tl;dr DoubleClick logs are used today by marketers for verification, attribution modeling, and other analysis beyond what is available in standard DCM dashboards.
Log-based analytics require a device or user identifier, so DoubleClick’s removal of the DoubleClick ID represents a disruption of the status quo for log-based analytics solutions.
Fortunately, DCM logs are not the only source of log-level data, or even the best. Brands and agencies increasingly use tracking pixels from measurement vendors that have access to deterministic IDs as a replacement for ad server logs and to support more advanced analysis. Skip to the end if you are just looking for a list of recommendations.
Google’s announcement last Friday that DoubleClick is removing the Doubleclick ID from its logs resulted in panic in many corners of the digital advertising world. What is the DoubleClick ID? For that matter, what are logs and why do people use them? Confused as to what the big deal is?
Here are the answers:
Beginning on May 25, DCM will stop populating the hashed UserID field (which stores the DoubleClick cookie ID and mobile device IDs) in DoubleClick Campaign Manager and DoubleClick Bid Manager (DBM) logs for impressions, clicks and website activities associated with users in the European Union. DoubleClick intends to apply these changes globally, and will announce timing for non-EU countries later this year.
What this Means for Advertisers
DoubleClick, like most adtech platforms, provides reporting dashboards to monitor performance KPIs. While dashboards provide a good summary on performance, they can’t answer more granular questions that marketers want of their data. That’s why many marketers ingest logs from their ad servers and DSPs. These logs are broken out into impression logs, click logs and site activity logs.
In order to perform custom analytics with these logs, the logs need to share a common identifier, so that the marketer can tie together recorded impressions from multiple sources (DCM, DSP, etc.) that belong to the same person, as well as clicks and site actions from that person.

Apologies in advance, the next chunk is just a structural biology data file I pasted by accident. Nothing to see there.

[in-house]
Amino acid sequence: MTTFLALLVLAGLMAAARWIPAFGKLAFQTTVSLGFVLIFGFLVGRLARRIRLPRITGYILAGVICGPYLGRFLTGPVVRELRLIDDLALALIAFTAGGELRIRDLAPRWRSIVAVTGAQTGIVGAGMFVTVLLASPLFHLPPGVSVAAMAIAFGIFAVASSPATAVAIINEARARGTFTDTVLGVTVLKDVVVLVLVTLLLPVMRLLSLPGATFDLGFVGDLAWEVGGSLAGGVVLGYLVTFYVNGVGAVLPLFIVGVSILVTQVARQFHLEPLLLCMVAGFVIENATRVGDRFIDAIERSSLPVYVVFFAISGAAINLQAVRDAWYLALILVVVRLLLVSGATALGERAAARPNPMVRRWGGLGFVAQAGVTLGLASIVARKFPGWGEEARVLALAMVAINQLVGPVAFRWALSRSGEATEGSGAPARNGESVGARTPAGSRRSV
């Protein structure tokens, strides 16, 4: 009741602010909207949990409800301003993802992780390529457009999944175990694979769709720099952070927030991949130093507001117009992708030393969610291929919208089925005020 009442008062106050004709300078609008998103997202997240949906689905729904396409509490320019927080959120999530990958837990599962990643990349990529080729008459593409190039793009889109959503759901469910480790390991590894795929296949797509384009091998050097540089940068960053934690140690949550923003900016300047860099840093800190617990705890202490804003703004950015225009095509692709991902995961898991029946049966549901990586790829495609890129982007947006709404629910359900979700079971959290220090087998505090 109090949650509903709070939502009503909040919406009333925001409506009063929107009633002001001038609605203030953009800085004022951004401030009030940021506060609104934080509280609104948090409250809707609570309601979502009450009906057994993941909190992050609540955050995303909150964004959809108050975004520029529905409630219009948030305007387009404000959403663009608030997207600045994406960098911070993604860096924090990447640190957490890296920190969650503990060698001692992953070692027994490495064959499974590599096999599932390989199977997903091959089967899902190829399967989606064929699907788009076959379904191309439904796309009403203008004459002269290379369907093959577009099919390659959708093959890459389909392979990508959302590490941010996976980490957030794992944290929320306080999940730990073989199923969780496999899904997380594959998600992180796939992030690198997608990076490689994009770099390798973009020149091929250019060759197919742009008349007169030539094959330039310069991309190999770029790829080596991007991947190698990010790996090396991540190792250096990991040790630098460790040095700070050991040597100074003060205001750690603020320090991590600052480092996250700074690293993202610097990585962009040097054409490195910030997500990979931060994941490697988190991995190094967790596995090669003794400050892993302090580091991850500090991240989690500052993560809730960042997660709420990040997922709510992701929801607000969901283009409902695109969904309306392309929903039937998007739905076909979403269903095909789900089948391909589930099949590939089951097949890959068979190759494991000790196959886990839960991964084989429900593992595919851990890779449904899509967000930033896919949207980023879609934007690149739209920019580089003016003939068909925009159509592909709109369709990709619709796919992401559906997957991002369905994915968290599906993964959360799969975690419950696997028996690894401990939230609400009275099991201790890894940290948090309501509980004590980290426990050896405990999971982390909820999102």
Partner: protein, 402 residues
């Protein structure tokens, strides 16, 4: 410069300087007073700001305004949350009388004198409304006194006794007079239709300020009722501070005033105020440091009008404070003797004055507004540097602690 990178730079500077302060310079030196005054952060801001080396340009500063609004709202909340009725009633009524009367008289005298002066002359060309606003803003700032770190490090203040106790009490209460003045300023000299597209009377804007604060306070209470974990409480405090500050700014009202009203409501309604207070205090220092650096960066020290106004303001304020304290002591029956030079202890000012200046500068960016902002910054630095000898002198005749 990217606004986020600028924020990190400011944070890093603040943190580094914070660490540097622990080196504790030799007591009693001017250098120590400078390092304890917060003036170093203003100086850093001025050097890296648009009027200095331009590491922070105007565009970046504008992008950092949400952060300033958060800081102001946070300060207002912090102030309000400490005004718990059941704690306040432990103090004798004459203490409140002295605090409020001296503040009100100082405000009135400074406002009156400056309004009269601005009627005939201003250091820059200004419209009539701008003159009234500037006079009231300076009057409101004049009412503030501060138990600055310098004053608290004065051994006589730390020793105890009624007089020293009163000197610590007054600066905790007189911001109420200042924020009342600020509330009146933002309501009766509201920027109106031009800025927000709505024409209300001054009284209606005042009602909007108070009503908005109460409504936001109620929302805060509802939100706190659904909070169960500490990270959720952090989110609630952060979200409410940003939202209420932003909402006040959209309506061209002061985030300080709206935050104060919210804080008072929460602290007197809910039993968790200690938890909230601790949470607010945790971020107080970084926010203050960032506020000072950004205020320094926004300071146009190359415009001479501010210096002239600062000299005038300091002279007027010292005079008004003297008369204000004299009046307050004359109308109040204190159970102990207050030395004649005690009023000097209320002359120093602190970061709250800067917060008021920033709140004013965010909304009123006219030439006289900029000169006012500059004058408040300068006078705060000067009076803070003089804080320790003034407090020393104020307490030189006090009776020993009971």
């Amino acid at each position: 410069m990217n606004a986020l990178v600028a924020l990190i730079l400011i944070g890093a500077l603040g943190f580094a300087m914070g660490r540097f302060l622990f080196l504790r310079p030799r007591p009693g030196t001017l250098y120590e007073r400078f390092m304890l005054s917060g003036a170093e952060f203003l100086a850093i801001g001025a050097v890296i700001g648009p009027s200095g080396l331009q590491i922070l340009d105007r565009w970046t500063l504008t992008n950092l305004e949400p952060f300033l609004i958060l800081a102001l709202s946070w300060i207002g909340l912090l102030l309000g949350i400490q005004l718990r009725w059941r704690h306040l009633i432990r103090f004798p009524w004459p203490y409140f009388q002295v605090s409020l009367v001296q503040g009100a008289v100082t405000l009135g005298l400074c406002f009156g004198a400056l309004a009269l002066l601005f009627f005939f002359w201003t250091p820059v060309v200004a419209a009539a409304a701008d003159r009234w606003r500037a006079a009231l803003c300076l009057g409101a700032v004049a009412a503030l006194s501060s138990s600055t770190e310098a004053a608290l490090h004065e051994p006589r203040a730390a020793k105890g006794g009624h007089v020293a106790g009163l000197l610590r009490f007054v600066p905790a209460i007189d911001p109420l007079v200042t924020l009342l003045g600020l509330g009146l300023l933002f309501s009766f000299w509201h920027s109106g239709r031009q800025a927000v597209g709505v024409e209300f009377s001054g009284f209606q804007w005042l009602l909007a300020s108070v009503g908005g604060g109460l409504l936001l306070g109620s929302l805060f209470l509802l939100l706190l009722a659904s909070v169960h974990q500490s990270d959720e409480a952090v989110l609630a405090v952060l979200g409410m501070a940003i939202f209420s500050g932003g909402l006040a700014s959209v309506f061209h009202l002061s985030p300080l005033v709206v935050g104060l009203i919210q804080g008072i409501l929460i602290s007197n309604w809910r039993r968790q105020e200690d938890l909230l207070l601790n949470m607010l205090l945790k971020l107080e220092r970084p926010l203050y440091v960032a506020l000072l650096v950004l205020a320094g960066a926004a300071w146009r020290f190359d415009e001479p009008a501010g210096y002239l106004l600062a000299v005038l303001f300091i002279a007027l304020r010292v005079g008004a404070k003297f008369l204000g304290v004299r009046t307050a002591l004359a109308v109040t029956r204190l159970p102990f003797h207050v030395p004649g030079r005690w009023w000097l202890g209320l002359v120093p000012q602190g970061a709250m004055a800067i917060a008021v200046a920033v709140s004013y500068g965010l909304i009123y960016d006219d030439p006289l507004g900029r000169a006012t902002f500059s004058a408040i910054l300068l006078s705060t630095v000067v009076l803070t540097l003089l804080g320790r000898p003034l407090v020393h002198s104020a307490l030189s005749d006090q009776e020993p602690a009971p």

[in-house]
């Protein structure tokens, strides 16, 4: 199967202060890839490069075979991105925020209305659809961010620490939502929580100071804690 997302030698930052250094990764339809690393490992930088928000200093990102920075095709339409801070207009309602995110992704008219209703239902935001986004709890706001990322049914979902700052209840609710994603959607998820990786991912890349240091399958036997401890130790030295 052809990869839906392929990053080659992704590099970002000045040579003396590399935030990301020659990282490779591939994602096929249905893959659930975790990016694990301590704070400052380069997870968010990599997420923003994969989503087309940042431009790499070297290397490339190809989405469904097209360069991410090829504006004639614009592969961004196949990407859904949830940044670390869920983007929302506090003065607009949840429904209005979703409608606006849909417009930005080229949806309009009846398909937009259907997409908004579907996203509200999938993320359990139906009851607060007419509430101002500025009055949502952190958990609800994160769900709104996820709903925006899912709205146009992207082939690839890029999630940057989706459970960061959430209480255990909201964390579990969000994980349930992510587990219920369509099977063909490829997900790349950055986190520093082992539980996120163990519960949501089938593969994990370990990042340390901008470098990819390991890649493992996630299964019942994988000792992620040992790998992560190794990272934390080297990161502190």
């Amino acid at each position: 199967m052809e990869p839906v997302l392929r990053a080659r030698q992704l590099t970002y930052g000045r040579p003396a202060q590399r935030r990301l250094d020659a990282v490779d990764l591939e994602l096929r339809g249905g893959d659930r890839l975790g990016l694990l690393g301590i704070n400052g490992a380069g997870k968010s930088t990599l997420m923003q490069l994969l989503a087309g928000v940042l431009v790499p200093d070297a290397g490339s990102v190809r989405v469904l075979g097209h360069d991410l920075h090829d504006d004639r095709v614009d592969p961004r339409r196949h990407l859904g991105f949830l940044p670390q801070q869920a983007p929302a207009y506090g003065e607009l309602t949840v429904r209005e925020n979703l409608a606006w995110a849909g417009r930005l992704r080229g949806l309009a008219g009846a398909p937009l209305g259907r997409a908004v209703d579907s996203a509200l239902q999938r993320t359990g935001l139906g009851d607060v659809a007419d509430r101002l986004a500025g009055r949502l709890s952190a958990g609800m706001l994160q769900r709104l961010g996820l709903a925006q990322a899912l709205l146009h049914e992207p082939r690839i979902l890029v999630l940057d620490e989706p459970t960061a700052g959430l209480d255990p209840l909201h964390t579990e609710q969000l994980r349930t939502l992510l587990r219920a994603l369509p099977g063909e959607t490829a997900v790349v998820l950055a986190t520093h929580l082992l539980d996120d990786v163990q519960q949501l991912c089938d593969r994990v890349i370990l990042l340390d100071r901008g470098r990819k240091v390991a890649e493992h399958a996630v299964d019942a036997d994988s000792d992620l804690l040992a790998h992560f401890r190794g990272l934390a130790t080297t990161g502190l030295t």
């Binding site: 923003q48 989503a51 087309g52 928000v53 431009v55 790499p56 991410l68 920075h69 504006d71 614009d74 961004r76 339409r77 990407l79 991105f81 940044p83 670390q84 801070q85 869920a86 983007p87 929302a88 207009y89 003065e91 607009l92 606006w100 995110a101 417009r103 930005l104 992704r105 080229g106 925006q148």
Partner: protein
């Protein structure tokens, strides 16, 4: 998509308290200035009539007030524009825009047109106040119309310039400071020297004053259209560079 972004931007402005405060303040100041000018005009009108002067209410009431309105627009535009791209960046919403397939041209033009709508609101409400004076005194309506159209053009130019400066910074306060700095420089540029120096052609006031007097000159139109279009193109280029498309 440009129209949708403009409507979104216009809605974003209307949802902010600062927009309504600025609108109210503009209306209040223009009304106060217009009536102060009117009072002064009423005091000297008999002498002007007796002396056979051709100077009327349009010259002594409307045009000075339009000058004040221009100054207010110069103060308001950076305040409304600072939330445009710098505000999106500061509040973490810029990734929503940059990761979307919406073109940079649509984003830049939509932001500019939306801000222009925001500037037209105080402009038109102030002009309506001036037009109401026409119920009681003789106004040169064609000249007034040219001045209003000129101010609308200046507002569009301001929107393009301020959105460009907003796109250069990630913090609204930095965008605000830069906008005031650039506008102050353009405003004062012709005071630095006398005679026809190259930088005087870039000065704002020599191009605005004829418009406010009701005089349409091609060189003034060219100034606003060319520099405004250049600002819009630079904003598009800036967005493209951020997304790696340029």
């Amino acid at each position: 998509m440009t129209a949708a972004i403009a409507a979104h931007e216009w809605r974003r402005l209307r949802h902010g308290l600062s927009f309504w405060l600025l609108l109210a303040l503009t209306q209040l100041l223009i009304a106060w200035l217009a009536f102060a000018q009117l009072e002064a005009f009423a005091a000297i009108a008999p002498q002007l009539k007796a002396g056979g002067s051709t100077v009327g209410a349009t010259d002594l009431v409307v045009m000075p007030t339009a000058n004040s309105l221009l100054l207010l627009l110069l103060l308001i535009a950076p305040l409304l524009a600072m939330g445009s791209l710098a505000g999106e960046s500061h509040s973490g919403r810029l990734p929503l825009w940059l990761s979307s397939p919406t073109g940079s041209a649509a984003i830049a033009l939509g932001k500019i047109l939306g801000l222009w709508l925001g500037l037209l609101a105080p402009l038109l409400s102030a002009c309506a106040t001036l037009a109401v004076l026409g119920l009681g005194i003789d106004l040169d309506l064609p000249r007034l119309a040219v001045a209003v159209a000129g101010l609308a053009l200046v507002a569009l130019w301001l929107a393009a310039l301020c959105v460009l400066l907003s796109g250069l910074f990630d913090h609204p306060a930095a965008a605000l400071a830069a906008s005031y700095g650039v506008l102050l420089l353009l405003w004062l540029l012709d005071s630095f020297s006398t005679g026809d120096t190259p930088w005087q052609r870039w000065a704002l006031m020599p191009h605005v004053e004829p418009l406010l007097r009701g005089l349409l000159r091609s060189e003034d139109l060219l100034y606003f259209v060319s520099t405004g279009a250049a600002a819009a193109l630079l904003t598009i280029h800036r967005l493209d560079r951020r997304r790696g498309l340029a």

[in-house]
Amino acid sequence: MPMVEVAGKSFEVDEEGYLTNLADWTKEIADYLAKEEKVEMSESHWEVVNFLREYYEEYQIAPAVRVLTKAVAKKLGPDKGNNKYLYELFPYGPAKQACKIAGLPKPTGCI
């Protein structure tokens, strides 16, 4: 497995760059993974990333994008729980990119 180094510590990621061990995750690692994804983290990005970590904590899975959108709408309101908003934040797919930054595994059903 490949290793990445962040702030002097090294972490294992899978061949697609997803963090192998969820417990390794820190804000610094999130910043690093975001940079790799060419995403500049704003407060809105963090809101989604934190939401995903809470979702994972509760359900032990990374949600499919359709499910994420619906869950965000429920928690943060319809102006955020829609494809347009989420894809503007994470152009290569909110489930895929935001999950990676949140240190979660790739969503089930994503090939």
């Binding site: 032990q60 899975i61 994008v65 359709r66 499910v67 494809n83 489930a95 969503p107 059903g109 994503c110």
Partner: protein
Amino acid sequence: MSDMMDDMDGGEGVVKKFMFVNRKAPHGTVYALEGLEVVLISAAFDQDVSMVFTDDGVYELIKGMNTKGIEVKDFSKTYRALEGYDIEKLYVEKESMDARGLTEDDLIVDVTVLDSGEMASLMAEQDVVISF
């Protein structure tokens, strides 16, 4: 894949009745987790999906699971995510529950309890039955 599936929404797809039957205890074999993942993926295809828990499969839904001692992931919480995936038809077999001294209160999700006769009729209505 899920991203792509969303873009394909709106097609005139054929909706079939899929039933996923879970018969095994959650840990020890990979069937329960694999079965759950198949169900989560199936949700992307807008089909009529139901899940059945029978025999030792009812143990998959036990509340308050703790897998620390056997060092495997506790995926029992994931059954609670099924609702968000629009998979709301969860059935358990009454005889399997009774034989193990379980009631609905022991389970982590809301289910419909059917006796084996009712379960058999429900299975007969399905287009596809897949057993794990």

That common identifier is generally the cookie ID or, in the case of mobile app ads, mobile device ID. DoubleClick currently has a field in all of their logs called UserID that stores a hashed version of the DoubleClick cookie ID or the mobile device ID tied to an impression, a click or a site action.
By removing this field from their logs, DoubleClick is effectively ending their support for ad server logs that are used for analytics, verification, measurement, or attribution modeling. Without the UserID field, marketers can no longer tie together impressions, clicks and site actions. For example, if you were previously filtering suspicious traffic based on frequency of engagement, you will no longer be able to do so (because each row becomes unique without a deduplicating identifier).
The alternative proposed by Google is for marketers to pay to use the dashboard found in the Google Ads Data Hub. The big issue with this approach is that the marketer has to trust Google to grade their own homework, making the marketing standard “trust, but verify” approach all but impossible.
As a result, brands and agencies using DoubleClick logs will no longer be able to independently:
- Verify frequency by cookie or person
- Count total ad exposure by person
- Analyze true reach of media placements and campaigns